What exactly can you do with your child’s baby bonus Child Development Account (CDA)?
With the baby bonus Child Development Account implemented, the government hopes to ease some monetary expenses when raising a child.
If you’re a parent who’s reeling at the price of childcare and later, tuition, you need all the help you can get. Recently, it was announced that DBS, UOB and the existing OCBC are going to be administering the Child Development Accounts (CDA), taking over from Standard Chartered. Of course, all that is meaningless to you if you have no idea what you can use the CDA for in the first place.
Here’s a rundown of how you can get free money from the government thanks to the CDA and what you can use it for.
Double your savings for your child with the baby bonus
In order to receive the famous Baby Bonus, you will need to open a CDA. Basically, any money that you save up for your child and deposit in the CDA will be matched one-for-one, up to a maximum that is determined according to how many children you have as follows:
- First child: $6,000
- Second child: $6,000
- Third child: $12,000
- Fourth child: $12,000
- Fifth child and above: $18,000
That means if you deposit $1,000 into the CDA, the government will give you an additional $1,000 the next month. You get to keep your CDA account open until your child hits the age of 12, so you’ve got quite a bit of time to save up the amount necessary to bag you the entire bonus.
Kickstart your savings with the CDA Starter Scheme
If you have a monthly household income of under $4,500, definitely sign up for the CDA Starter Scheme as there’s more free money coming your way. If you deposit at least $50 into your account, over a period of 6 months the bank (currently available at OCBC) will contribute double that amount. The government will then match the total amount.
Here’s how it works. You deposit $50. The bank gives you $100 in return. Altogether you have $150 now. The government then matches that by giving you an additional $150. Voila, your $50 deposit has ballooned to $300.
Enjoy a decent interest rate
The main reason most people open a CDA is to take advantage of the baby bonus. But the CDAs at the various banks also offer fairly decent interest rates.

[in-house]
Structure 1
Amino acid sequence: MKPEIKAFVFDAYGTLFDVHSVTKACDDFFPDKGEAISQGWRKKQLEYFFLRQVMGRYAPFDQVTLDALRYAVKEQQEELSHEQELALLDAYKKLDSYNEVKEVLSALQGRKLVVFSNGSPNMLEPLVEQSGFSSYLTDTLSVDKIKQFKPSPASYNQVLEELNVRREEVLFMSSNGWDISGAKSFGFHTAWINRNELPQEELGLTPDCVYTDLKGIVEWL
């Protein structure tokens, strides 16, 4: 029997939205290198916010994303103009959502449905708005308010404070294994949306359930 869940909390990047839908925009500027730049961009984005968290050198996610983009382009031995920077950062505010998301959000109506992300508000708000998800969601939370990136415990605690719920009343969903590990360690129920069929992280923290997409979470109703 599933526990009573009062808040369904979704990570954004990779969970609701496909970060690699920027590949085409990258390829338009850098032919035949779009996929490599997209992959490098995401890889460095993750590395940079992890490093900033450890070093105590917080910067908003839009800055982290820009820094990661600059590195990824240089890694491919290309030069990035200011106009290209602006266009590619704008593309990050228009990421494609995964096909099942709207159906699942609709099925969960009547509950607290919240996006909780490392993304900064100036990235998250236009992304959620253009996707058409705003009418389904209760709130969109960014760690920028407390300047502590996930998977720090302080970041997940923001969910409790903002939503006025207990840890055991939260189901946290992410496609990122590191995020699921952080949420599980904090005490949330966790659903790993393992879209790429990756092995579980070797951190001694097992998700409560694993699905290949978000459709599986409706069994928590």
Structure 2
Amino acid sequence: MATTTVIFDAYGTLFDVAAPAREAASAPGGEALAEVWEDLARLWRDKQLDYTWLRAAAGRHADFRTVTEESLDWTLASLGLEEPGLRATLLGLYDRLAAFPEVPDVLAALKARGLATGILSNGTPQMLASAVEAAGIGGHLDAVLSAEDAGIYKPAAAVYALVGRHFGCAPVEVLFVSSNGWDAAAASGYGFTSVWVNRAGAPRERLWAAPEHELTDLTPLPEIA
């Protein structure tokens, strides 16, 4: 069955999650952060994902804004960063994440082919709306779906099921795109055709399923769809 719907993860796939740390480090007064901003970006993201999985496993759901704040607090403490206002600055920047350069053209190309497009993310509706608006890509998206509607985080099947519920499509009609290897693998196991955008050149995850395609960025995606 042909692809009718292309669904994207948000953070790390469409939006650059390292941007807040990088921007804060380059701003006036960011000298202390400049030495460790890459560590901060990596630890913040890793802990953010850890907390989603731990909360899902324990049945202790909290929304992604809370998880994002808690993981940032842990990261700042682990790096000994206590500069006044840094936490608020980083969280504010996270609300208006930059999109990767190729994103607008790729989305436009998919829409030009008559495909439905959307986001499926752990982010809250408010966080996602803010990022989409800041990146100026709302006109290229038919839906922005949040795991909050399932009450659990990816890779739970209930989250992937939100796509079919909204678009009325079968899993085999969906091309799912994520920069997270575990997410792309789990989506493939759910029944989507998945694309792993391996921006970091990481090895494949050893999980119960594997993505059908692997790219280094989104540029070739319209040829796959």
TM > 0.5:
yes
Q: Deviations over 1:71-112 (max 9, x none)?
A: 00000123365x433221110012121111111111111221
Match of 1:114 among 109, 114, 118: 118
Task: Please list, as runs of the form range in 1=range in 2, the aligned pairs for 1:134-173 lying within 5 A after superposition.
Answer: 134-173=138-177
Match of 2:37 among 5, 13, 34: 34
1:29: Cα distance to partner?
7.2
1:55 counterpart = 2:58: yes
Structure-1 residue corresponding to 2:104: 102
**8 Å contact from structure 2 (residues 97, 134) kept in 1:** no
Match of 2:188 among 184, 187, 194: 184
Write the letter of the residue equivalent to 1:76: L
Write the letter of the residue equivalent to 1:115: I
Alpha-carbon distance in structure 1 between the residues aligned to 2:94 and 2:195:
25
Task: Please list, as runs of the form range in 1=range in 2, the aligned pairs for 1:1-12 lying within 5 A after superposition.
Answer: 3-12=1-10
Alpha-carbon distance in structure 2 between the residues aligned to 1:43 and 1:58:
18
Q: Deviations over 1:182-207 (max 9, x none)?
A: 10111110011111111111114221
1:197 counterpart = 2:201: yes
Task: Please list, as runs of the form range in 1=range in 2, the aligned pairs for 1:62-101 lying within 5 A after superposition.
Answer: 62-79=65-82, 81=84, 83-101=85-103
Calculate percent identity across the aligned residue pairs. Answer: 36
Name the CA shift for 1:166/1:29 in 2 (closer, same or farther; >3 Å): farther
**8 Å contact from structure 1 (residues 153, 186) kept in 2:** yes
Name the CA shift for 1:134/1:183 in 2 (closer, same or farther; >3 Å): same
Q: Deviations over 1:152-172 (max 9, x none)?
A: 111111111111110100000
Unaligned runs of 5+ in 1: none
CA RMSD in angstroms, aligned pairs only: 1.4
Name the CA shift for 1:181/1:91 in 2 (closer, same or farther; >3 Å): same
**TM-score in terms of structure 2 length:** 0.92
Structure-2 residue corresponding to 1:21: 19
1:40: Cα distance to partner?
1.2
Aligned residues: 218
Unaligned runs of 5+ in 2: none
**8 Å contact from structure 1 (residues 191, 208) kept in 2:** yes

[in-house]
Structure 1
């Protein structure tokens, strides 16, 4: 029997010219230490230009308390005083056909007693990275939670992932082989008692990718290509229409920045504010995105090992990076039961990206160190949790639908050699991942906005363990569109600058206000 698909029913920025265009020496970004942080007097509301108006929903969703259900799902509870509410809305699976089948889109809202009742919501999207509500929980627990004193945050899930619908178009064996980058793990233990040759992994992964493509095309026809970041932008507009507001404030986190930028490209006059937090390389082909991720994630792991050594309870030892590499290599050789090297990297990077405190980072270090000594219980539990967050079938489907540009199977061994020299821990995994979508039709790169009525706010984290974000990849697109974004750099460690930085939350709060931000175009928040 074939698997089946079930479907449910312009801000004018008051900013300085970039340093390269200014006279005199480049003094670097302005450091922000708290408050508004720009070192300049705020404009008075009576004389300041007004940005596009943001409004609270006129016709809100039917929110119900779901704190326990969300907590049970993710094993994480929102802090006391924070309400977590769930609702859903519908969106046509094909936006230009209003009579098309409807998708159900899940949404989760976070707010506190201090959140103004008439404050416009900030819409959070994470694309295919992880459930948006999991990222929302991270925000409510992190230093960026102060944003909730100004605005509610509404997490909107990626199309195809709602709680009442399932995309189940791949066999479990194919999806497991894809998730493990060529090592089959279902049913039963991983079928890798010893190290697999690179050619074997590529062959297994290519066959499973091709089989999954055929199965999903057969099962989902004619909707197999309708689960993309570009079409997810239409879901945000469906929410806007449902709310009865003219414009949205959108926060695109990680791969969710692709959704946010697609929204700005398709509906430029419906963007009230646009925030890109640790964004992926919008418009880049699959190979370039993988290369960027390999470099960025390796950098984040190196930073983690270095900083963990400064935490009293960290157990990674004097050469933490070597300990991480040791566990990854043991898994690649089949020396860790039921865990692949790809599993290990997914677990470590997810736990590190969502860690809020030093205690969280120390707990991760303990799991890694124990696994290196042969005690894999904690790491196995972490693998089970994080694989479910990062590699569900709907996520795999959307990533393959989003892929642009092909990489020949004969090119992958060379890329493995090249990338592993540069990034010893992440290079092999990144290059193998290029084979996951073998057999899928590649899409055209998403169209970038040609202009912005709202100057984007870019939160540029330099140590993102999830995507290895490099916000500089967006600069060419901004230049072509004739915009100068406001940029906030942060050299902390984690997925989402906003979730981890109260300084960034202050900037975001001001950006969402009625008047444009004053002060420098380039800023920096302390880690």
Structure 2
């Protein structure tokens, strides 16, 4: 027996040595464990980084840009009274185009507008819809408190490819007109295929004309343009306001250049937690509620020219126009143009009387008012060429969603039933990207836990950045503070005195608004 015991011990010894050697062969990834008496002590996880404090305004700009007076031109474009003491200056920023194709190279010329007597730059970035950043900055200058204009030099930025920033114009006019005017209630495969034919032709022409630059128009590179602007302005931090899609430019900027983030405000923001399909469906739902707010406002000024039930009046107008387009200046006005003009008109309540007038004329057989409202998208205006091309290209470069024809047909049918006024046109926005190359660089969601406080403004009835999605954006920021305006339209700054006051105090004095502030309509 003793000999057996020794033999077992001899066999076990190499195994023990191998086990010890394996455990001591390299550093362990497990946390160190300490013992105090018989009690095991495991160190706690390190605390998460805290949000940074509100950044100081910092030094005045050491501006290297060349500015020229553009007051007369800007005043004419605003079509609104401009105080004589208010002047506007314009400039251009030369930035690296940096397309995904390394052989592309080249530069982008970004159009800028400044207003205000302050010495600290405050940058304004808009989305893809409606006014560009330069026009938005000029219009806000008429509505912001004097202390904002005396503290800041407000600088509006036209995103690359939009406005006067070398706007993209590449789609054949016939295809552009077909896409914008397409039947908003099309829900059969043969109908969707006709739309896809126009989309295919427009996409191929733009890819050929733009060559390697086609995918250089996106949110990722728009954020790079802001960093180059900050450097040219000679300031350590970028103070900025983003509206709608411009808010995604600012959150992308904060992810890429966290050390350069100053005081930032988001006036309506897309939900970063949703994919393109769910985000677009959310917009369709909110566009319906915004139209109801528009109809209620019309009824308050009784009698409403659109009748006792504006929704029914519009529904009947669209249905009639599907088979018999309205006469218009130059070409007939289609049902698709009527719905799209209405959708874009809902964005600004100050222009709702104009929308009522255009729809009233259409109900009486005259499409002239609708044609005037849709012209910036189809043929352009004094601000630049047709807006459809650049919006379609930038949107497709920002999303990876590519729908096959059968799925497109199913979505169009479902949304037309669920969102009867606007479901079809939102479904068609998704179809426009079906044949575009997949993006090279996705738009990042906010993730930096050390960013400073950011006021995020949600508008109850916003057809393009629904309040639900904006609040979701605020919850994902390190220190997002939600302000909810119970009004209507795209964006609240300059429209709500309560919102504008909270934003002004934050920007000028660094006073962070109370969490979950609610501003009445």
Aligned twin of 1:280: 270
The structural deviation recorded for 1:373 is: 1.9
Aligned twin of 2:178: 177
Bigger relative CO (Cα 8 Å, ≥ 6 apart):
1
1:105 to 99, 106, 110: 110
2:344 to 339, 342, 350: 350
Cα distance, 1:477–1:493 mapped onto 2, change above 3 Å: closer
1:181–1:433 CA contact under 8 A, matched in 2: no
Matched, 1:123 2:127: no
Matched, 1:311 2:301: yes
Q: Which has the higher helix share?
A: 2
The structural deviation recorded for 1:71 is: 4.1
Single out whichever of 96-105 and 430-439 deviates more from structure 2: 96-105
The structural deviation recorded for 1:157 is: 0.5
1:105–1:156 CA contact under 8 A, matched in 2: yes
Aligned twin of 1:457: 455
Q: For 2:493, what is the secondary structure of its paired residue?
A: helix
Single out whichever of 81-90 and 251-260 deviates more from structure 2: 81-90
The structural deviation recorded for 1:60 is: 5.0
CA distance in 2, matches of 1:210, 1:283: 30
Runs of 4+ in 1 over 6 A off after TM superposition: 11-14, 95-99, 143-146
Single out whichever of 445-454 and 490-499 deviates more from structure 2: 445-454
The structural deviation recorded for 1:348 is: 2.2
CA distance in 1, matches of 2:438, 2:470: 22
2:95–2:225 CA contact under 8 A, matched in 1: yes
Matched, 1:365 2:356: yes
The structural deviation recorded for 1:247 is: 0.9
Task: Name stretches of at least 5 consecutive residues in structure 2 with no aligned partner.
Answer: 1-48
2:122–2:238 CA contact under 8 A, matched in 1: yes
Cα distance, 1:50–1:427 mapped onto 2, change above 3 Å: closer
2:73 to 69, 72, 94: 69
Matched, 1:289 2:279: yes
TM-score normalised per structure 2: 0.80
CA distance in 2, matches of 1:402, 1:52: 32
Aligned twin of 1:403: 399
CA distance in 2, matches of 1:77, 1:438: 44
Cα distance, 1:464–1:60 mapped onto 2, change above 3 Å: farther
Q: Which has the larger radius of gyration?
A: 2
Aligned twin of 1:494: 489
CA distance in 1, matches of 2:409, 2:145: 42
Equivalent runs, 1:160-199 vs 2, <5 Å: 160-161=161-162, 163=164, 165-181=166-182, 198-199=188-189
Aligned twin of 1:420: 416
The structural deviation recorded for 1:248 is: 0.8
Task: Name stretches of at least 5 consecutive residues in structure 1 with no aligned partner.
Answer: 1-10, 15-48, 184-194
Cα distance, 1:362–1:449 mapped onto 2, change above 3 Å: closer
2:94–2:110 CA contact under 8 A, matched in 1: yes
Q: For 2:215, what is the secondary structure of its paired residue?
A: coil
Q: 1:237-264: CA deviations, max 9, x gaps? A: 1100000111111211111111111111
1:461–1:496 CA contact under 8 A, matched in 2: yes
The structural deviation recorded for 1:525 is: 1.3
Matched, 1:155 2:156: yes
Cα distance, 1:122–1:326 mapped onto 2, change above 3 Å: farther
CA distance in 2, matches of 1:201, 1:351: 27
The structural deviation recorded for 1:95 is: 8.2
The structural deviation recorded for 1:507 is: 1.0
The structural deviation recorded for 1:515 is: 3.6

OCBC CDA offers 2% per annum on the first $36,000, after which the balance yields 0.05% per annum, making it the winner in this category.
Until 31 December 2015, UOB CDA is offering bonus interest that gets you 1.7% on your first $20,000 and 2% interest on the remaining balance above $20,000.
POSB CDA offers a 2% interest rate, there is a cap, and when you exceed it you get only 0.05% per annum on the remaining balance above the maximum amount. The caps are as follows:
- First and second child: $12,000
- Third and fourth child: $24,000
- Fifth child: $36,000
When you consider the fact that you’re getting that interest not only on your own deposits but also on all the money the government gives you to match, it’s a pretty good deal.
Spending the money in the CDA account on childcare, healthcare and early childhood services
You might have amassed a small fortune in your CDA, but that doesn’t mean you can withdraw the entire amount and try to triple it at the MBS casino. The money in your CDA is supposed to be spent on your child, and can only be paid out to the following service providers:
- Child care centres
- Kindergartens and special education schools registered with the MOE or CPE
- Early intervention programmes registered with the NCSS or Centre for Enabled Living
- Healthcare institutions
- Assistive technology device providers (eg. for hearing aids)
- Optical shops
Basically, this means you get to use the money in your CDA account for childcare, early childhood or other special needs programmes, as well as healthcare for your child. And we all know how expensive all these things can get.
Note that all institutions must be registered with the MCYS under the Baby Bonus Scheme. So before you use any of their services, make sure you check that they’re an approved institution or you won’t be able to use money from your CDA to pay.
What have you used your Child Development Account for? Tell us in the comments!